We headed out to the test car, the model I had chosen to buy, and he gave me the pointers of when to push down on the clutch and gas pedals, give it more gas! Don't panic if you stall out (we were driving on side streets). The usual stuff until you start to get the rhythm, learn how the engine should sound, get the feedback from the steering wheel and from the pedals under your feet. It was exhilarating. And he was right. It hadn't taken me that long.>
The only problem actually was at the end of the test when he had me drive into a dealership bay when the large overhead garage door went up. I was halfway through the opening and that's when I stalled as the garage door was coming down.
I never saw anyone with his girth jump out of a vehicle so fast, rush over to the stop button and hit it with the door about a foot above the vehicle. It stopped. (I don't think he turned gray haired from that but he could have.)
Would that be enough to discourage me from buying a car I was just learning to drive? No way.
I filled out the paperwork and all the other stuff involved in a purchase. And I did fine. No accidents. No tickets. Just the deep down satisfaction of finally achieving what had been a long time goal.
When it came time to buy my present vehicle, a first generation Ford Escape, there was only one thing that was not negotiable. It had to be a stick shift. Yes, at the time Ford did make a standard transmission version. It still had a controlling ownership in Mazda, the “Zoom, Zoom” Japanese car company. And Mazda, of course specialized in sticks. Since Mazda had the standard transmission Tribute (sport utility cousin of the Escape) Ford briefly offered a standard transmission version of the Escape.
I corraled one of the only Ford salespersons at the dealership near me who could drive a standard transmission. It took him about three days going through three states to find a new standard shift Escape at another dealership. But he did, He worked out a trade with that dealership and brought it home. I treat it with TLC and I'm still driving it.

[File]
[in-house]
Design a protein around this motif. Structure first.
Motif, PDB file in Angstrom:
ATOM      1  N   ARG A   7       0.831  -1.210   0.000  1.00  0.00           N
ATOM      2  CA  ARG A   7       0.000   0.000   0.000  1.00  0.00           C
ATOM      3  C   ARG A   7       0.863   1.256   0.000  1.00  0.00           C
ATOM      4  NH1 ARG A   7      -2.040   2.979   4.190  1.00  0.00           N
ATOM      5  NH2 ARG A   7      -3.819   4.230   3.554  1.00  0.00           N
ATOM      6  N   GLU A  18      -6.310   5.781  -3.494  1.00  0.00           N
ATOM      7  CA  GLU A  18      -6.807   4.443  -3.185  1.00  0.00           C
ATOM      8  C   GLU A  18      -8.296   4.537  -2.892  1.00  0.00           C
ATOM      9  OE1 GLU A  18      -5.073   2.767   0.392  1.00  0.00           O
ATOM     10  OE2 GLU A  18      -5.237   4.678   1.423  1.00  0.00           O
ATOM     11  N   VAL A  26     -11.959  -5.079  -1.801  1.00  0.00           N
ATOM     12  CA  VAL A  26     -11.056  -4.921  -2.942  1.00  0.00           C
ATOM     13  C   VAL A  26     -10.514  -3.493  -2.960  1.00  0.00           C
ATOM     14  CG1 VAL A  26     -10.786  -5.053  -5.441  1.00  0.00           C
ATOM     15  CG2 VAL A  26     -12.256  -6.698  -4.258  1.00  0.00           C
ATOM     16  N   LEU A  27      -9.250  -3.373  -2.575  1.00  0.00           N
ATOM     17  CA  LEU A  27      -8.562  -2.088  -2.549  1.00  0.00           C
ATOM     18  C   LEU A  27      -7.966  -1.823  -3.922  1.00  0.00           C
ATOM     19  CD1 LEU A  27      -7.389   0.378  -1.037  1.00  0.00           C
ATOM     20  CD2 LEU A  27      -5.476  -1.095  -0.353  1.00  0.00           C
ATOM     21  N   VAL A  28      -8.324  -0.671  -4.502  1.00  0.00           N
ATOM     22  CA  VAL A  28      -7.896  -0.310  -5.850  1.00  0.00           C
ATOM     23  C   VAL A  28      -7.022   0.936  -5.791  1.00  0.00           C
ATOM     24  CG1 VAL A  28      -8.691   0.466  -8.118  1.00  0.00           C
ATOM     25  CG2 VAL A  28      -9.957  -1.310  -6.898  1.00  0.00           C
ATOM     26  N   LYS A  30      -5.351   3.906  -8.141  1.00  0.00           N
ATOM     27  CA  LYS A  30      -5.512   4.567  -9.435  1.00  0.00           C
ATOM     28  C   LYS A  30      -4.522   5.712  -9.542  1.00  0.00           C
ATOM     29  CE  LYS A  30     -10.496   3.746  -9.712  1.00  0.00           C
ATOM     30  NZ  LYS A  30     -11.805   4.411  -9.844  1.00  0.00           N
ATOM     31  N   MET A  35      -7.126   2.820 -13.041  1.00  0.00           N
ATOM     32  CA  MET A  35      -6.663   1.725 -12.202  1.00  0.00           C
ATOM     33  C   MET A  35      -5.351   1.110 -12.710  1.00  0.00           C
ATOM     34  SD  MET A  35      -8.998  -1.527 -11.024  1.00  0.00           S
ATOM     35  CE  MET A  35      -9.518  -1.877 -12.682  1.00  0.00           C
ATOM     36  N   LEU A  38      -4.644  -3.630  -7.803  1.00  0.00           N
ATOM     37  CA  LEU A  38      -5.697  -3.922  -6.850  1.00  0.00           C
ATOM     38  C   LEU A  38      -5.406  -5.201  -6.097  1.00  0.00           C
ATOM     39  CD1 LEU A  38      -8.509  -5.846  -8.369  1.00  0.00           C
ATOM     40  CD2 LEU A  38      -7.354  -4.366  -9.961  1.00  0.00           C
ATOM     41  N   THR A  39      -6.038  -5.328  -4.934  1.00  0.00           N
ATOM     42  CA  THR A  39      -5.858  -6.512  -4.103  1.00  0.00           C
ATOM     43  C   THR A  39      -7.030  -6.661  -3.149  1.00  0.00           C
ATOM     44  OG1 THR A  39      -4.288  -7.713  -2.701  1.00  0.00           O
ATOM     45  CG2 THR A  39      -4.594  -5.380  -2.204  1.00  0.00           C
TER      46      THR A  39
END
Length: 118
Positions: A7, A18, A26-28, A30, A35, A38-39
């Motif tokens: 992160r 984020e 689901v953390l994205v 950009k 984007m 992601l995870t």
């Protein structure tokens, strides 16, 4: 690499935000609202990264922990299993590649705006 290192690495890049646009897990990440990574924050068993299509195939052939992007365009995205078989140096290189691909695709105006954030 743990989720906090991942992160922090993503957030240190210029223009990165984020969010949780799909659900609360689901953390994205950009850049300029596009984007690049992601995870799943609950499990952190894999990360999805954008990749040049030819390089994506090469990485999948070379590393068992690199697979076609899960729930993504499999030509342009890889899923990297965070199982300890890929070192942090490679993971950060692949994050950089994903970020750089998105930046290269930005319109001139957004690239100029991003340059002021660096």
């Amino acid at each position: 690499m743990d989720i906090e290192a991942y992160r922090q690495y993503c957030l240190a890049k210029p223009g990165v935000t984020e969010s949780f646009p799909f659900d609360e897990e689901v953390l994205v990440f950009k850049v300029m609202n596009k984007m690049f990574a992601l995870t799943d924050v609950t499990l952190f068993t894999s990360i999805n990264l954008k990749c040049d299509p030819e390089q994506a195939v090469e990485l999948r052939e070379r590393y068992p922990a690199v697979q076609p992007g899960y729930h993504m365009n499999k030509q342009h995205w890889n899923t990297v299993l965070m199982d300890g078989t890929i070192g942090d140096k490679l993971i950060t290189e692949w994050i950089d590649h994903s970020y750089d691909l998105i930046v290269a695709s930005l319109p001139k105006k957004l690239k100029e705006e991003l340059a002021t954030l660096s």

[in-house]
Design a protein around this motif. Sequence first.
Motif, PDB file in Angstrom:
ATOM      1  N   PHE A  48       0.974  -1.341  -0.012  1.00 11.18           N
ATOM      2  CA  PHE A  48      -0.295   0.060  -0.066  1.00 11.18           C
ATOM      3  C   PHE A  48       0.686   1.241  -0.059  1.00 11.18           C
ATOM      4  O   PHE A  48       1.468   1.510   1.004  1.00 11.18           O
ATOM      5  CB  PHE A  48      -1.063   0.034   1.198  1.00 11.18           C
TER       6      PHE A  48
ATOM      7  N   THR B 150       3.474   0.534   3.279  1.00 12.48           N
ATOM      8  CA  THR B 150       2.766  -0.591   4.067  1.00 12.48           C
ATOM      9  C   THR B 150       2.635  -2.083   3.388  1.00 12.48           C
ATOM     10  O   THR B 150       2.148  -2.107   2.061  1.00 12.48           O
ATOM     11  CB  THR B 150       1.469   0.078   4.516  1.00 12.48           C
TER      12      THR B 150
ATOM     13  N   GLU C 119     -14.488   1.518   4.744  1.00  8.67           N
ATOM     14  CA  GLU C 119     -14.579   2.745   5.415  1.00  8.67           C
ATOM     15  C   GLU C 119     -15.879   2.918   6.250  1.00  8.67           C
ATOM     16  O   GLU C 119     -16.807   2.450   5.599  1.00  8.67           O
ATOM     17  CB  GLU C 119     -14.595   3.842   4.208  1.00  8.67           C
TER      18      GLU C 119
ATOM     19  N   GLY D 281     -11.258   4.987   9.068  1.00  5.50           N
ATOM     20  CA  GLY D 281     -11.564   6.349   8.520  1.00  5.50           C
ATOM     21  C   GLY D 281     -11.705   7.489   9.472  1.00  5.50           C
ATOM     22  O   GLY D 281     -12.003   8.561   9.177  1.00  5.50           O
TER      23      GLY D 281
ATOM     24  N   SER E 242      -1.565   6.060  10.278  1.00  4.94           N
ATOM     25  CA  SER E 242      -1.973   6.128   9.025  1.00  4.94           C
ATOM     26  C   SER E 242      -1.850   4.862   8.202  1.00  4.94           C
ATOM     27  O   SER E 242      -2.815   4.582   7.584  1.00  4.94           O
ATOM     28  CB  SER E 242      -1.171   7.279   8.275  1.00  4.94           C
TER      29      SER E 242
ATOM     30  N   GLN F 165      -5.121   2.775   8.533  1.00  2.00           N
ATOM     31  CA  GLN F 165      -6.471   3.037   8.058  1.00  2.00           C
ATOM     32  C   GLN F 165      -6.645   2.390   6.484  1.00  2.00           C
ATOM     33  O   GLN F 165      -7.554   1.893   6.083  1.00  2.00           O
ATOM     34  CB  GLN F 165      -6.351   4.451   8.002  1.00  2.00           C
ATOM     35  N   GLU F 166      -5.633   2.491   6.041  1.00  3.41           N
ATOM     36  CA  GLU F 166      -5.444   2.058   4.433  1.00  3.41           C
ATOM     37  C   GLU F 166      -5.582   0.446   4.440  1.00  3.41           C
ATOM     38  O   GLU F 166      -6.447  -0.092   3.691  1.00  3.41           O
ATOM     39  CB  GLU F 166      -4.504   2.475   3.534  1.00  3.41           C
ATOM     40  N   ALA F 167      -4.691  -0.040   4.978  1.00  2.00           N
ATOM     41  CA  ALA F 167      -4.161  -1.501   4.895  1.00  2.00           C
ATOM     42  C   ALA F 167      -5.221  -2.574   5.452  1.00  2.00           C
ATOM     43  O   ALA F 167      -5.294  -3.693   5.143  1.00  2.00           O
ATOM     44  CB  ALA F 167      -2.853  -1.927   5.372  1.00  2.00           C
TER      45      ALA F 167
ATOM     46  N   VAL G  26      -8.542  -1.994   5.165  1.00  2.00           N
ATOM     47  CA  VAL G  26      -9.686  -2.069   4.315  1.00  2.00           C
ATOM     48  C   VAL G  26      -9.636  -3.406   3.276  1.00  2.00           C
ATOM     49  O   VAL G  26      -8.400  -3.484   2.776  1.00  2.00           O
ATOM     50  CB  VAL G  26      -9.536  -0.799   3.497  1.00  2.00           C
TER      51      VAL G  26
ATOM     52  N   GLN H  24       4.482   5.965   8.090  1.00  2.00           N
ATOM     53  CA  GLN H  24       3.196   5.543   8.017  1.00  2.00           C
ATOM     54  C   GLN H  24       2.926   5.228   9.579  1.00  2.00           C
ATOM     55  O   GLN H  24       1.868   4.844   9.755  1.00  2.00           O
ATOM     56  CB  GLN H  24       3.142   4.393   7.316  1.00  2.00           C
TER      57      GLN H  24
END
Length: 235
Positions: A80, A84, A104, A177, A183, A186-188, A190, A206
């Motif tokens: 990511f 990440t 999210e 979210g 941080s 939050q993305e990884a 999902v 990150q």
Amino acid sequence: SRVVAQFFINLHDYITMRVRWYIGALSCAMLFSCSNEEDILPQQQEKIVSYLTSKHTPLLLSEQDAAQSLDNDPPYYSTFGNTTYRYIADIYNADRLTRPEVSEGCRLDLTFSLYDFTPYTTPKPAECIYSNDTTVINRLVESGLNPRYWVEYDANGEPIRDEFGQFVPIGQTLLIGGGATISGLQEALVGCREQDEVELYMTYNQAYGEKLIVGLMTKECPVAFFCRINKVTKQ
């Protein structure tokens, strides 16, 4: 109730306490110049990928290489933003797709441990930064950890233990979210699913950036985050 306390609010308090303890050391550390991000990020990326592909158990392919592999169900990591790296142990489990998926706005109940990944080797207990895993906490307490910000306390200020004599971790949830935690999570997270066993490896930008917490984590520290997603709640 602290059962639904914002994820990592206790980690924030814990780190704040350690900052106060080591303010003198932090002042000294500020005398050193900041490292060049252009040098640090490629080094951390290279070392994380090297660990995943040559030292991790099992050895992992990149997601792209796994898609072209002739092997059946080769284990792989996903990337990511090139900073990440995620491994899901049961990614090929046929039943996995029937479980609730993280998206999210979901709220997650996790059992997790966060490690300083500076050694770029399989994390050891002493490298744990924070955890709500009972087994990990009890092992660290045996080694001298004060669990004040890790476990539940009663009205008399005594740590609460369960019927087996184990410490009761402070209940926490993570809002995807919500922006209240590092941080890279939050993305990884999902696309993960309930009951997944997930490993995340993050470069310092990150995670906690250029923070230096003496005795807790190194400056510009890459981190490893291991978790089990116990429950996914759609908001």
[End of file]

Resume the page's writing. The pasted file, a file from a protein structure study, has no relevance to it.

And a couple of kickers.
No I don't mind driving in rush hour traffic. You learn how to pace it.
You learn to tap your brakes just before you take off from a stoplight after idling in neutral to be sure the cop right behind you knows your brake lights are working so you don't get pulled over.
And about that anti theft talent. I recall another business colleague who was apprehended getting into his standard transmission vehicle late at night by a couple of unsavory types who held him up at gunpoint. He relinquished his keys and watched as the thieves in his car jerked down the street for about a half block with the terrible sound of gears grinding. Then they stopped in mid street, got out and fled.
I've always wondered why my auto insurance doesn't include a discount for having a stick for that kind of reason. That's about the only downer I can think of.
Copyrght 2020, Martha Hindes, Automotive Bureau. All rights reserved.